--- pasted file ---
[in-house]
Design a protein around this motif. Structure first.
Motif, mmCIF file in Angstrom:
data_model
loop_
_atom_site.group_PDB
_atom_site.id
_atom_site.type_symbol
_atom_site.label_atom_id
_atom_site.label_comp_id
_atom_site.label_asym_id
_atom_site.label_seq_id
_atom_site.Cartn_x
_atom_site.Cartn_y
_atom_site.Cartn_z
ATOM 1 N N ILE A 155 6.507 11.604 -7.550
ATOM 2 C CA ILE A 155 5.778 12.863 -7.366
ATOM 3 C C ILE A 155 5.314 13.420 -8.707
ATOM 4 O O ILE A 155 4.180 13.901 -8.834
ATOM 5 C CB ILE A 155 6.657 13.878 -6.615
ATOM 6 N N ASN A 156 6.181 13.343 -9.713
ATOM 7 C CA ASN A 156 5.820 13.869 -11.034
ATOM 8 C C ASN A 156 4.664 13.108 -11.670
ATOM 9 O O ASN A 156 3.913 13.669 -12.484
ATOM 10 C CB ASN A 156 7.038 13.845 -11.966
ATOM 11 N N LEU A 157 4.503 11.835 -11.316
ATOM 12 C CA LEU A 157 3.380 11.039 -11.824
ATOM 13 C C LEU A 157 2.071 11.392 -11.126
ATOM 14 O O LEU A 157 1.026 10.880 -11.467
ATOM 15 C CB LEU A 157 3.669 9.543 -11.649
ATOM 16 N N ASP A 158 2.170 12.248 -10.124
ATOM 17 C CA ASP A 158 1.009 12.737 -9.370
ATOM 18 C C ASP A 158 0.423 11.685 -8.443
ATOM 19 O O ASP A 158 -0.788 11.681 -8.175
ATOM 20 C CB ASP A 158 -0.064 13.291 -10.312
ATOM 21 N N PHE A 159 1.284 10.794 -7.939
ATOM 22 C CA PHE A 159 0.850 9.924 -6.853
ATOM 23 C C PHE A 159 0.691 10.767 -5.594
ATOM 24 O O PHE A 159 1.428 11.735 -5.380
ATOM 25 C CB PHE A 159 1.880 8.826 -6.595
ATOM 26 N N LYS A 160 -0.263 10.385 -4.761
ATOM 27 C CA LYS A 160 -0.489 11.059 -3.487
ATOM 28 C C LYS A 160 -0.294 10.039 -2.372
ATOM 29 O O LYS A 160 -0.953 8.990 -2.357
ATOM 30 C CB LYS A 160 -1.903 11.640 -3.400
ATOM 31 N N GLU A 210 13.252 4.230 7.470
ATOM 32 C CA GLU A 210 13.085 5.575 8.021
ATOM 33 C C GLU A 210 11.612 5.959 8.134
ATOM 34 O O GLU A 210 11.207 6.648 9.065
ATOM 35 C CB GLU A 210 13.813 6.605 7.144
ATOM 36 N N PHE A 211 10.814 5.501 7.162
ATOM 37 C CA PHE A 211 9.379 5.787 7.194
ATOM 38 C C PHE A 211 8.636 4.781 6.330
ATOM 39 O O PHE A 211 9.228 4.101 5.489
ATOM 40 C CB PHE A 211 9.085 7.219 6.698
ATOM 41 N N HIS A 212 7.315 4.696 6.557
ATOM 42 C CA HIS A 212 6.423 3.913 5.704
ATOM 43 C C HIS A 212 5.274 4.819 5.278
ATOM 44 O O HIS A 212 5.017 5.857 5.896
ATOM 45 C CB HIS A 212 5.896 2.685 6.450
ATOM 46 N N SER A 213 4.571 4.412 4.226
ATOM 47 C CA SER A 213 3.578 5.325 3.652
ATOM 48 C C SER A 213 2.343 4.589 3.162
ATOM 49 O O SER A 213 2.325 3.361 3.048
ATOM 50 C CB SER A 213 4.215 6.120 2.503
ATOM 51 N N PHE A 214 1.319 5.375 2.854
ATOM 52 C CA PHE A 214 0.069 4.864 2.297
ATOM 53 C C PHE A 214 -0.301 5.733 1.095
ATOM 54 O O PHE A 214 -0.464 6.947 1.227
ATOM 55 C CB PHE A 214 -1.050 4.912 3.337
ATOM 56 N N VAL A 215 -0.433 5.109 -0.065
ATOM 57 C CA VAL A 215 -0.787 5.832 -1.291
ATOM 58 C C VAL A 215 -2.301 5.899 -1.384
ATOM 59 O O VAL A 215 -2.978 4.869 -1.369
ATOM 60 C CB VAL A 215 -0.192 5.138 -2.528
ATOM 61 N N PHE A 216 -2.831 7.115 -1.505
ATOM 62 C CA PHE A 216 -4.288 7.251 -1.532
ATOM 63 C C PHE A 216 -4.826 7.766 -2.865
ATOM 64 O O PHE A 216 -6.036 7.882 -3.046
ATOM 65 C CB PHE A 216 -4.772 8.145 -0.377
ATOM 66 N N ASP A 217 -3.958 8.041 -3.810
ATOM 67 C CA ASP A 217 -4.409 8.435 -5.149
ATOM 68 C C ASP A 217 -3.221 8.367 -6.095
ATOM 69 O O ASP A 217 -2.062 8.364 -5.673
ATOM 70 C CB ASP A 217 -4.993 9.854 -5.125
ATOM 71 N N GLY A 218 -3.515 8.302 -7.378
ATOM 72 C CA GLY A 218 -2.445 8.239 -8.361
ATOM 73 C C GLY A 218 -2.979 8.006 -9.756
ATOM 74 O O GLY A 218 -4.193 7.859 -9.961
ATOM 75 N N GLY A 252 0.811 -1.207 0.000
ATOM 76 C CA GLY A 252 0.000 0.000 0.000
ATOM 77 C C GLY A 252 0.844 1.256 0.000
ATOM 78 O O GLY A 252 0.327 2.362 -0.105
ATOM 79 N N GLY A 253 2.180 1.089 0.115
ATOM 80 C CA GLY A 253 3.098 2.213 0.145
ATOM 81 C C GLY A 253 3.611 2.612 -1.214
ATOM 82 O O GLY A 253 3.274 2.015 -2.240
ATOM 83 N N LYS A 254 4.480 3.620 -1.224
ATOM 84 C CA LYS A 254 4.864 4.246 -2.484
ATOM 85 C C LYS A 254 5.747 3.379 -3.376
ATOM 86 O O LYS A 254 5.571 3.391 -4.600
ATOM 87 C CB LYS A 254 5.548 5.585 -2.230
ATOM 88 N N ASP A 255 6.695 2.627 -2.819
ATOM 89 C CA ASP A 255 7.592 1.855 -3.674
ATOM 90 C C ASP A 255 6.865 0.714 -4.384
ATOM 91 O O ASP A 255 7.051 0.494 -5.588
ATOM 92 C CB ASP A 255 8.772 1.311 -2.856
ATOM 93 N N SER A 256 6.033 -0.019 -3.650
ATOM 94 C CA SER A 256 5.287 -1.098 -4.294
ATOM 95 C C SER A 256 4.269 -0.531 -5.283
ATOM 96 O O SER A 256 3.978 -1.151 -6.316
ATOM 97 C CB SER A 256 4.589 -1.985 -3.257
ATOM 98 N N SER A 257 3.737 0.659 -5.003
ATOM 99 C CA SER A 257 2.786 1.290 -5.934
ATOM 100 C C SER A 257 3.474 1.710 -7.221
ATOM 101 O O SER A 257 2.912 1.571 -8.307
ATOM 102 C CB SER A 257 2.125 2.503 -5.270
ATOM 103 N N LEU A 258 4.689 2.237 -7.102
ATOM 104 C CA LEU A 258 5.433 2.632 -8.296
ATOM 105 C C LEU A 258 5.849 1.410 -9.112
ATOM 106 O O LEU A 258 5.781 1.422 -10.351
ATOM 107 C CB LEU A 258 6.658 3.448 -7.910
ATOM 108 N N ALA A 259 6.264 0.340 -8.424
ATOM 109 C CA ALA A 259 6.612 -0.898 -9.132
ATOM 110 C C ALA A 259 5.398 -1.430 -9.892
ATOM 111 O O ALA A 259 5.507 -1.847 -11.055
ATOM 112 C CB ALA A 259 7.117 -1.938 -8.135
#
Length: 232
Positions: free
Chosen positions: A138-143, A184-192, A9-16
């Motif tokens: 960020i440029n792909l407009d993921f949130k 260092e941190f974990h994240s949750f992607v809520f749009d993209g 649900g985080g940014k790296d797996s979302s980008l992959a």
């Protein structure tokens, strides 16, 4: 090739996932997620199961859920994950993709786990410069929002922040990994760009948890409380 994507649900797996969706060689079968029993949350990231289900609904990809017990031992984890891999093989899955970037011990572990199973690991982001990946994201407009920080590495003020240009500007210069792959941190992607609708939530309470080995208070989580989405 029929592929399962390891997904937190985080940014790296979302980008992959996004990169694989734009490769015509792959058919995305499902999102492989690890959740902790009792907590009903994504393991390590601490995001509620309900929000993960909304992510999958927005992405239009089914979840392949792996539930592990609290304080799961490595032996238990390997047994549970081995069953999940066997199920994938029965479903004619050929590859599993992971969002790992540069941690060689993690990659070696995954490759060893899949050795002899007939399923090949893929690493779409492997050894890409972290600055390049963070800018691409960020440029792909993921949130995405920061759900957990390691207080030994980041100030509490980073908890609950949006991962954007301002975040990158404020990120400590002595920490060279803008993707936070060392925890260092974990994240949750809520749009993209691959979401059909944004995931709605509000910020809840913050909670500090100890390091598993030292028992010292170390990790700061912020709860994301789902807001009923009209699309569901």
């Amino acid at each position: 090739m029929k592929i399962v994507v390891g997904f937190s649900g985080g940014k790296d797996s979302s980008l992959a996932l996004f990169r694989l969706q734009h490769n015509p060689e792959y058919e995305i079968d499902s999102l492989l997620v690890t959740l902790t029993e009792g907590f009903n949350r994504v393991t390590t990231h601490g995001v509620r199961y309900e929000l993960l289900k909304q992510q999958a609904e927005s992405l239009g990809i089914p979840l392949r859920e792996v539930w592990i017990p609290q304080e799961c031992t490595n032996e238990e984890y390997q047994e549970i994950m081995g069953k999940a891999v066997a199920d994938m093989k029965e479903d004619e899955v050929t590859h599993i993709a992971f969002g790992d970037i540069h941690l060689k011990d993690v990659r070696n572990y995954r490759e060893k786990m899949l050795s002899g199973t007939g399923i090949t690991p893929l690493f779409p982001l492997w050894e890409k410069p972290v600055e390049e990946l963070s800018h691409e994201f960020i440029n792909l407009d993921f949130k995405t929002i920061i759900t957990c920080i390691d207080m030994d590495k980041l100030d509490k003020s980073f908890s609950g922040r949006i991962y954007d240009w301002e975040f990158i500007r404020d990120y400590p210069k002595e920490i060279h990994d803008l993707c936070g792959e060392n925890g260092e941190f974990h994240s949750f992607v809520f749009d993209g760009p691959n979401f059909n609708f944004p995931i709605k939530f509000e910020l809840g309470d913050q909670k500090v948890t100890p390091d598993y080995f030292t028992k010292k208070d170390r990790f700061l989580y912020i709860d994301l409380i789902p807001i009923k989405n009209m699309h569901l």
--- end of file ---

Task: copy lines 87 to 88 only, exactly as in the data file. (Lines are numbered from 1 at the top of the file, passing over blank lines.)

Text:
ATOM 72 C CA GLY A 218 -2.445 8.239 -8.361
ATOM 73 C C GLY A 218 -2.979 8.006 -9.756